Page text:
PURVIS — Lamar County business leaders are set to launch a new private economic development group they say is needed to better market the area and court business prospects and their jobs to the county.
But organizers of The Foundation are doing so amid raised eyebrows from some in the community who say the group will duplicate the services provided by the 10-year-old Area Development Partnership (ADP), which is also a private-sector, not-for-profit organization.
The Foundation is closely associated with the Lamar County Economic Development District (LCEDD). Blake Wallace, who is president of the LCEDD, also serves as president of The Foundation.
The Foundation made its debut last summer after the Lamar County Chamber of Commerce merged with the 1,000-member ADP. According to Wallace, The Foundation was formed to raise private dollars for business recruitment and to extend marketing capabilities. Private funds raised by The Foundation will not be subject to the restrictions of government money, and that will make courting prospects easier, said Foundation board chair Ron La Fon, who is district manager of Pearl River Valley Electric Power Association of Hattiesburg.
“You can’t even buy a prospect a cup of coffee,” said La Fon, who explained that many counties set up similar agencies for the same reason. “You can’t use government funds in some areas that you need them.”
But will The Foundation be competing with neighbor ADP, which is also a private-sector, not-for-profit group covering Forrest and Lamar counties?
“We’re pretty much the same, but our focus is on Lamar County,” said Wallace. “Naturally there’s competition for prospects who are looking at both counties…but we would work with the ADP if we had a prospect who would rather locate in Hattiesburg.”
When The Foundation made its debut, the organization admitted there would be some duplication of services of existing groups like the ADP, but that the duplication would be “minor.”
One example is the ADP’s retiree recruitment effort. Hattiesburg is one of just 20 Certified Retirement Cities in the state. Lamar County benefits from this program when retirees decide to settle there instead of Forrest County, but in the busy mix of businesses down U.S. 98, it is hard to tell where Forrest County ends and Lamar begins. With such a good program already underway, The Foundation’s role would be to add to the effort, perhaps by placing ads in national magazines targeted to retirees, said Wallace.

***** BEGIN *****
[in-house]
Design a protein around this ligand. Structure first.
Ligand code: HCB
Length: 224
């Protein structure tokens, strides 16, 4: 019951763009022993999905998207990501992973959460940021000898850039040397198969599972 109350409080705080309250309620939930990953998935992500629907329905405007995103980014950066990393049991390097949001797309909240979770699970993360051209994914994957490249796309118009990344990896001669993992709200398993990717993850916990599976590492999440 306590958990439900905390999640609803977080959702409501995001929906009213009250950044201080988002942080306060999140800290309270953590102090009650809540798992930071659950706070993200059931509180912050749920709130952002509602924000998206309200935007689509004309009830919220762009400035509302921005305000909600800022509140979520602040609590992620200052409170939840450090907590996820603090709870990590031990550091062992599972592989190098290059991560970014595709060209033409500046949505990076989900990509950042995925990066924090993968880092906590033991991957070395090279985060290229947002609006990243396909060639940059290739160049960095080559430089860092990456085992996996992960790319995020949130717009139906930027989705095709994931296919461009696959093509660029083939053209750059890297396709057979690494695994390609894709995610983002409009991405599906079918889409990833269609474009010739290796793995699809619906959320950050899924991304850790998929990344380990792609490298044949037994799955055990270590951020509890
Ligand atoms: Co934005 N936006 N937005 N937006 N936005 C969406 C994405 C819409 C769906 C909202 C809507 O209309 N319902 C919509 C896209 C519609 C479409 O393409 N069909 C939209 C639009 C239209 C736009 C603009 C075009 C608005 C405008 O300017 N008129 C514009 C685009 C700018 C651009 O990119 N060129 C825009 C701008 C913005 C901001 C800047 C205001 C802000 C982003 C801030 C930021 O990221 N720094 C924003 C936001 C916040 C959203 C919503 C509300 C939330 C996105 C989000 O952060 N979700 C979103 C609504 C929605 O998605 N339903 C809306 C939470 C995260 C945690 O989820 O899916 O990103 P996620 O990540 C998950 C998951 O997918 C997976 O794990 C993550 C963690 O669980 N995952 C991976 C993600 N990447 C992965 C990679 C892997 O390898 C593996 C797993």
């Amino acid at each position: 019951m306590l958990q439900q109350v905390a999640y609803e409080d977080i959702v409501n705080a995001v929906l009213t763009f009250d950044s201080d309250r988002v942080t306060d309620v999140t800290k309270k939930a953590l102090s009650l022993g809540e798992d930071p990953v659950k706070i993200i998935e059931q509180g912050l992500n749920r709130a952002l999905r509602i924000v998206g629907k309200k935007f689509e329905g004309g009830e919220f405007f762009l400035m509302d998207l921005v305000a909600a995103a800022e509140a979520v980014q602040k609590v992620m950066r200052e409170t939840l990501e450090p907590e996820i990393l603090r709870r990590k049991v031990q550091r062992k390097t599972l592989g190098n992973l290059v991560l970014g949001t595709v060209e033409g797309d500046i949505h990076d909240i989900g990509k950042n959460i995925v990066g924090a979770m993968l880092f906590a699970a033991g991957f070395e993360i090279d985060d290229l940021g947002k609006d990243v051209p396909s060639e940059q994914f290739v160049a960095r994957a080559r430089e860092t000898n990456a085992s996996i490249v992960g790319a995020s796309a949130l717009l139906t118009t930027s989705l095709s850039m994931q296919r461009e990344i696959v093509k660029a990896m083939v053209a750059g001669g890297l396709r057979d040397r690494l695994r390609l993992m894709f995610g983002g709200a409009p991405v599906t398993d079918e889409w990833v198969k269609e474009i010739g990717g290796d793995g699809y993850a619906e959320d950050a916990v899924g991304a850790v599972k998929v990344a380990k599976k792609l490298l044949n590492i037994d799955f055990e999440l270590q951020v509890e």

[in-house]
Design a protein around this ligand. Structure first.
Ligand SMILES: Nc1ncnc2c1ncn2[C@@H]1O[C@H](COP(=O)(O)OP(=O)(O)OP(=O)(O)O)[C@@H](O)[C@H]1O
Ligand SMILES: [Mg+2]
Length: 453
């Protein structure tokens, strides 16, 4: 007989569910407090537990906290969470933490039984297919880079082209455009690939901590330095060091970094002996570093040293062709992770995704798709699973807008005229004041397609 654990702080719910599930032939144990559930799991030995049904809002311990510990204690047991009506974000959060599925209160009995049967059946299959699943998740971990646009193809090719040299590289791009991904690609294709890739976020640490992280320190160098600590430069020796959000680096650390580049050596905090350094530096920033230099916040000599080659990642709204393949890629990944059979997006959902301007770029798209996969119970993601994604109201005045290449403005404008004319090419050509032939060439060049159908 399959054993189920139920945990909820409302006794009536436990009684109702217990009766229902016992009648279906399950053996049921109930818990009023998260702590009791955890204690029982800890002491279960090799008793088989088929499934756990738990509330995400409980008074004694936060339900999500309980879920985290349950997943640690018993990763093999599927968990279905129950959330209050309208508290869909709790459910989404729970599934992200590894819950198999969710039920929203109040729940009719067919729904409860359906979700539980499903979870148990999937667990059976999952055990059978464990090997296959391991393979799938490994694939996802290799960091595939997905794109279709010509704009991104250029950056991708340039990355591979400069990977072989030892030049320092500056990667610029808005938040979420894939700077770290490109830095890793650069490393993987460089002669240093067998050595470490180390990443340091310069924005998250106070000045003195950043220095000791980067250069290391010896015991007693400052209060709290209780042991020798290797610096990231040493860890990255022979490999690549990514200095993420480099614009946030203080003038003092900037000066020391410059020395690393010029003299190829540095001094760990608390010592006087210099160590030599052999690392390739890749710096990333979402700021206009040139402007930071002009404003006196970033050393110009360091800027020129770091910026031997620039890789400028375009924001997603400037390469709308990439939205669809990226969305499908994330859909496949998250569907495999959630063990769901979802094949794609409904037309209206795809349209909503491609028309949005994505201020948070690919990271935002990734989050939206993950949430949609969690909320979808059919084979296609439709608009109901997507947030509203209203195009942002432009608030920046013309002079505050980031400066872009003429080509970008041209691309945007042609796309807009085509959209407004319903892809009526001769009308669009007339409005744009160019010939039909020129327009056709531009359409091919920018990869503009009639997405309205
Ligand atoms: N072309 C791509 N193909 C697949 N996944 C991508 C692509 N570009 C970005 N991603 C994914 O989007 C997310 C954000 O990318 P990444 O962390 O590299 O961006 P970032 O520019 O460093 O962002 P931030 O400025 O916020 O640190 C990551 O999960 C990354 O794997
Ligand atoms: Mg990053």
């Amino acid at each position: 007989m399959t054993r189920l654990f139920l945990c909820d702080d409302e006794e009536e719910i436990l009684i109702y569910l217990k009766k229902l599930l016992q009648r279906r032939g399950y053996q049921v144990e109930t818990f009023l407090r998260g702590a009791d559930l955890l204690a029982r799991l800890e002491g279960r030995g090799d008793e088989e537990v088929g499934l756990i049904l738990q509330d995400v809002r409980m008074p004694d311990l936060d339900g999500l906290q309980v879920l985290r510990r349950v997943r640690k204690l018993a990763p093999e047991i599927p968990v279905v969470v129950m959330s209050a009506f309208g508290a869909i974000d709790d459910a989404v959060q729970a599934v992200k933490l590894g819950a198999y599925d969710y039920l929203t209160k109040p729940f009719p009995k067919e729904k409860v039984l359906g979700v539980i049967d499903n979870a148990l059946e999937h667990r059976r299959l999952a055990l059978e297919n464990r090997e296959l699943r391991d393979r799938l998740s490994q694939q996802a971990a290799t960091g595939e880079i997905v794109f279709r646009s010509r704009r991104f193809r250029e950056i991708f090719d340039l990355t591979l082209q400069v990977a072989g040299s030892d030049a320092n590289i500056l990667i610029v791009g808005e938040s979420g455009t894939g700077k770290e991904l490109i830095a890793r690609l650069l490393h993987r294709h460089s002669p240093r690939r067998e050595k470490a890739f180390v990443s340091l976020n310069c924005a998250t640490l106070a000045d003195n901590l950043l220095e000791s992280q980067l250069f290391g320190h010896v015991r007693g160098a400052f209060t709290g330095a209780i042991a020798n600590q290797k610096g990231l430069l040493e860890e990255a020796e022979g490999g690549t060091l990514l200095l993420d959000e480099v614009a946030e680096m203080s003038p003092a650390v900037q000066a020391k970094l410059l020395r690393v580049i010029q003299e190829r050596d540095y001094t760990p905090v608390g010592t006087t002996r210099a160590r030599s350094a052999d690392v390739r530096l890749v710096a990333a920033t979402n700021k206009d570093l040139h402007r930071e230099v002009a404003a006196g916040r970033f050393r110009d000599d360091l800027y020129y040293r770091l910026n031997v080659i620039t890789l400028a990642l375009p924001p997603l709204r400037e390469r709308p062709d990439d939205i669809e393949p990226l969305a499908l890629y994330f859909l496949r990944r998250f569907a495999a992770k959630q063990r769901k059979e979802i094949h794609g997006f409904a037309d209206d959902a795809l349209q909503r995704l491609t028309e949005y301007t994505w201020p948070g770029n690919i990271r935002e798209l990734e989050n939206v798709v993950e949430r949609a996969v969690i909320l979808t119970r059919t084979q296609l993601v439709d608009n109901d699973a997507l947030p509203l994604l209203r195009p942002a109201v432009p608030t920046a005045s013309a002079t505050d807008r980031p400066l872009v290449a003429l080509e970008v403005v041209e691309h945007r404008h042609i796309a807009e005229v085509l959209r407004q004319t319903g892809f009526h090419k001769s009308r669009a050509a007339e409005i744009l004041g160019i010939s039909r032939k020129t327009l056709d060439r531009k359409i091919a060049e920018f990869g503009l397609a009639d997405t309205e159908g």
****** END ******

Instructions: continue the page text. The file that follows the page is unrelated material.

“If someone is doing a really good job, we don’t want to duplicate what they’re doing. We want to enhance what they’re doing,” Wallace said. “We want to be sure that dollars that our members are putting in don’t duplicate dollars already being spent.”
Gray Swoope, president of the ADP, had no comment on The Foundation, choosing instead to focus on the goals of his organization.
“The ADP has and always will focus on stimulating the economy of the entire region. In June of this year, the ADP will celebrate 10 years of existence, a decade of delivering results,” said Swoope. “Our organization, driven by private business leadership, will continue to implement our current five-year strategic plan and be accountable to our 1,000 member investors.”
A membership drive for The Foundation will kick off next month, and a fund-raising campaign is expected to follow sometime this year.
The Foundation’s program of work includes industry recruiting, existing industry support, retail recruitment, existing retail support, information services, workforce training and education, infrastructure development, facilities assistance programs, retirement, recreation and tourism, government relations, and public relations and marketing.
A main focus of The Foundation will be providing online information to members and the general public. The Foundation is now overhauling the existing Web site, www.lamarcounty.com and building a new site called www.hattiesburgmsa.com. Eventually, both sites will merge into the second site. The site will be available to the public, with certain pages open only to Foundation members.
The LCEDD is not hiring staff to run The Foundation at this time, but “if it goes as well as we hope, we may have to hire someone in the future,” said Wallace.
The Foundation’s membership drive was delayed because of the Christmas season and the local United Way campaign that was already underway, said Wallace. His goal is to sign up 250 members over the next year to year-and-a-half, and eventually sign up half of the area’s 800 to 900 businesses.
At press time, about 20 members had joined The Foundation. Membership dues are $150 for companies with 10 or less employees, and $250 for larger companies. Wallace said he expects some businesses will be members of both organizations.
“What they don’t want to see is that we’re trying to duplicate programs. We have to continue to work together and make sure businesses are getting a good bang for their buck.”
One business that is already a member of both groups is BellSouth, but regional manager Tim Ryan said his company is a member of many similar organizations in the area like the Covington County Chamber of Commerce and Marion County Chamber of Commerce, to name a few.
“When we as a company help the communities in the state grow, we’re a winner because we have the opportunity to sell our products and services to new people coming in,” said Ryan. “It’s exciting to be part of something new and innovative.”
Contact MBJ Staff Writer Kelly Russell Ingebretsen at firstname.lastname@example.org.
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